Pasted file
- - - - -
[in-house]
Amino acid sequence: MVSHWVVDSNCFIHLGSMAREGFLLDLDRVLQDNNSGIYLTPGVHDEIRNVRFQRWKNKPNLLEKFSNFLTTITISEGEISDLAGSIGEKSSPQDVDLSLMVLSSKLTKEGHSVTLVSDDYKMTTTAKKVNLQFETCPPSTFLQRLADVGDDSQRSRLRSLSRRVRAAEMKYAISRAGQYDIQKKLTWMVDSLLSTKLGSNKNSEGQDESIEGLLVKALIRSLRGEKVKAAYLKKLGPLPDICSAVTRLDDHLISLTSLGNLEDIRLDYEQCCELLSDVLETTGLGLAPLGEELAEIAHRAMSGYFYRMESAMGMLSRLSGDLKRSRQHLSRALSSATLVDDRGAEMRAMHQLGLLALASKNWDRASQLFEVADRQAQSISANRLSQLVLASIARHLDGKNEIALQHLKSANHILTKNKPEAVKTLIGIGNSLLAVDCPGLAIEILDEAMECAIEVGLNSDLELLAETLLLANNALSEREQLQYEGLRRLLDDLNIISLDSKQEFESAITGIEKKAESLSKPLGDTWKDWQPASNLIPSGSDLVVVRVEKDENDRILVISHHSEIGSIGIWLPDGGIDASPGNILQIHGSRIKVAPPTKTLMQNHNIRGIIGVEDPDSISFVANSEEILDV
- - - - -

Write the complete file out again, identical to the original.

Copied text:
[in-house]
Amino acid sequence: MVSHWVVDSNCFIHLGSMAREGFLLDLDRVLQDNNSGIYLTPGVHDEIRNVRFQRWKNKPNLLEKFSNFLTTITISEGEISDLAGSIGEKSSPQDVDLSLMVLSSKLTKEGHSVTLVSDDYKMTTTAKKVNLQFETCPPSTFLQRLADVGDDSQRSRLRSLSRRVRAAEMKYAISRAGQYDIQKKLTWMVDSLLSTKLGSNKNSEGQDESIEGLLVKALIRSLRGEKVKAAYLKKLGPLPDICSAVTRLDDHLISLTSLGNLEDIRLDYEQCCELLSDVLETTGLGLAPLGEELAEIAHRAMSGYFYRMESAMGMLSRLSGDLKRSRQHLSRALSSATLVDDRGAEMRAMHQLGLLALASKNWDRASQLFEVADRQAQSISANRLSQLVLASIARHLDGKNEIALQHLKSANHILTKNKPEAVKTLIGIGNSLLAVDCPGLAIEILDEAMECAIEVGLNSDLELLAETLLLANNALSEREQLQYEGLRRLLDDLNIISLDSKQEFESAITGIEKKAESLSKPLGDTWKDWQPASNLIPSGSDLVVVRVEKDENDRILVISHHSEIGSIGIWLPDGGIDASPGNILQIHGSRIKVAPPTKTLMQNHNIRGIIGVEDPDSISFVANSEEILDV